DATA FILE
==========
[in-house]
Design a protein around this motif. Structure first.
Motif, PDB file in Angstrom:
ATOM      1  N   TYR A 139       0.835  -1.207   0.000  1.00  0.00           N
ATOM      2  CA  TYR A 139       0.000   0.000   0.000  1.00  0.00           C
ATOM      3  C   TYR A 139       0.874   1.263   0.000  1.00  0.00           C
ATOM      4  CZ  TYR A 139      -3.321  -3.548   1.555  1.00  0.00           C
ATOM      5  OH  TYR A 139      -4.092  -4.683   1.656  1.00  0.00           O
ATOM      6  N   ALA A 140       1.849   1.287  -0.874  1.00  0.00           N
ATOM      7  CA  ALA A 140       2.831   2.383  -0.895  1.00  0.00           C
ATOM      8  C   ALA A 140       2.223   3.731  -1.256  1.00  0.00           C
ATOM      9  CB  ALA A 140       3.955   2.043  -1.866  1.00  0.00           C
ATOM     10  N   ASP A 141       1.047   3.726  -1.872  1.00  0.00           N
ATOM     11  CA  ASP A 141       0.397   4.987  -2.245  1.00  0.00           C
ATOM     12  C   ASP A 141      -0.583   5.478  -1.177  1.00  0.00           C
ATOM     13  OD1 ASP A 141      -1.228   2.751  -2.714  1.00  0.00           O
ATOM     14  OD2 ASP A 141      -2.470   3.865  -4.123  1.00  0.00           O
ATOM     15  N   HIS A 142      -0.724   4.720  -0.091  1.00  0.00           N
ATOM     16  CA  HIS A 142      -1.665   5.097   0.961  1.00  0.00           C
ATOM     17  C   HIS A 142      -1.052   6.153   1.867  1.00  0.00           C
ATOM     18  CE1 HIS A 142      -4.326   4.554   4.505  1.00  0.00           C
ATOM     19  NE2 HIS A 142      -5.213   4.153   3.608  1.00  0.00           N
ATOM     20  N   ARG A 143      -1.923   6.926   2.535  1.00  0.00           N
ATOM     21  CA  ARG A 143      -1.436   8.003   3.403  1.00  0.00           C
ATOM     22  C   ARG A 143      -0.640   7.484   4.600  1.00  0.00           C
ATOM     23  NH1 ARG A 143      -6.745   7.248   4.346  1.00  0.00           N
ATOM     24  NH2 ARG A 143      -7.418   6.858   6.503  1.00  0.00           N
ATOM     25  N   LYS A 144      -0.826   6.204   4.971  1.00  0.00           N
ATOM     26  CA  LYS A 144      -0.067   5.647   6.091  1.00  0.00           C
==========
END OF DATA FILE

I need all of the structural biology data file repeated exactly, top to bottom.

[in-house]
Design a protein around this motif. Structure first.
Motif, PDB file in Angstrom:
ATOM      1  N   TYR A 139       0.835  -1.207   0.000  1.00  0.00           N
ATOM      2  CA  TYR A 139       0.000   0.000   0.000  1.00  0.00           C
ATOM      3  C   TYR A 139       0.874   1.263   0.000  1.00  0.00           C
ATOM      4  CZ  TYR A 139      -3.321  -3.548   1.555  1.00  0.00           C
ATOM      5  OH  TYR A 139      -4.092  -4.683   1.656  1.00  0.00           O
ATOM      6  N   ALA A 140       1.849   1.287  -0.874  1.00  0.00           N
ATOM      7  CA  ALA A 140       2.831   2.383  -0.895  1.00  0.00           C
ATOM      8  C   ALA A 140       2.223   3.731  -1.256  1.00  0.00           C
ATOM      9  CB  ALA A 140       3.955   2.043  -1.866  1.00  0.00           C
ATOM     10  N   ASP A 141       1.047   3.726  -1.872  1.00  0.00           N
ATOM     11  CA  ASP A 141       0.397   4.987  -2.245  1.00  0.00           C
ATOM     12  C   ASP A 141      -0.583   5.478  -1.177  1.00  0.00           C
ATOM     13  OD1 ASP A 141      -1.228   2.751  -2.714  1.00  0.00           O
ATOM     14  OD2 ASP A 141      -2.470   3.865  -4.123  1.00  0.00           O
ATOM     15  N   HIS A 142      -0.724   4.720  -0.091  1.00  0.00           N
ATOM     16  CA  HIS A 142      -1.665   5.097   0.961  1.00  0.00           C
ATOM     17  C   HIS A 142      -1.052   6.153   1.867  1.00  0.00           C
ATOM     18  CE1 HIS A 142      -4.326   4.554   4.505  1.00  0.00           C
ATOM     19  NE2 HIS A 142      -5.213   4.153   3.608  1.00  0.00           N
ATOM     20  N   ARG A 143      -1.923   6.926   2.535  1.00  0.00           N
ATOM     21  CA  ARG A 143      -1.436   8.003   3.403  1.00  0.00           C
ATOM     22  C   ARG A 143      -0.640   7.484   4.600  1.00  0.00           C
ATOM     23  NH1 ARG A 143      -6.745   7.248   4.346  1.00  0.00           N
ATOM     24  NH2 ARG A 143      -7.418   6.858   6.503  1.00  0.00           N
ATOM     25  N   LYS A 144      -0.826   6.204   4.971  1.00  0.00           N
ATOM     26  CA  LYS A 144      -0.067   5.647   6.091  1.00  0.00           C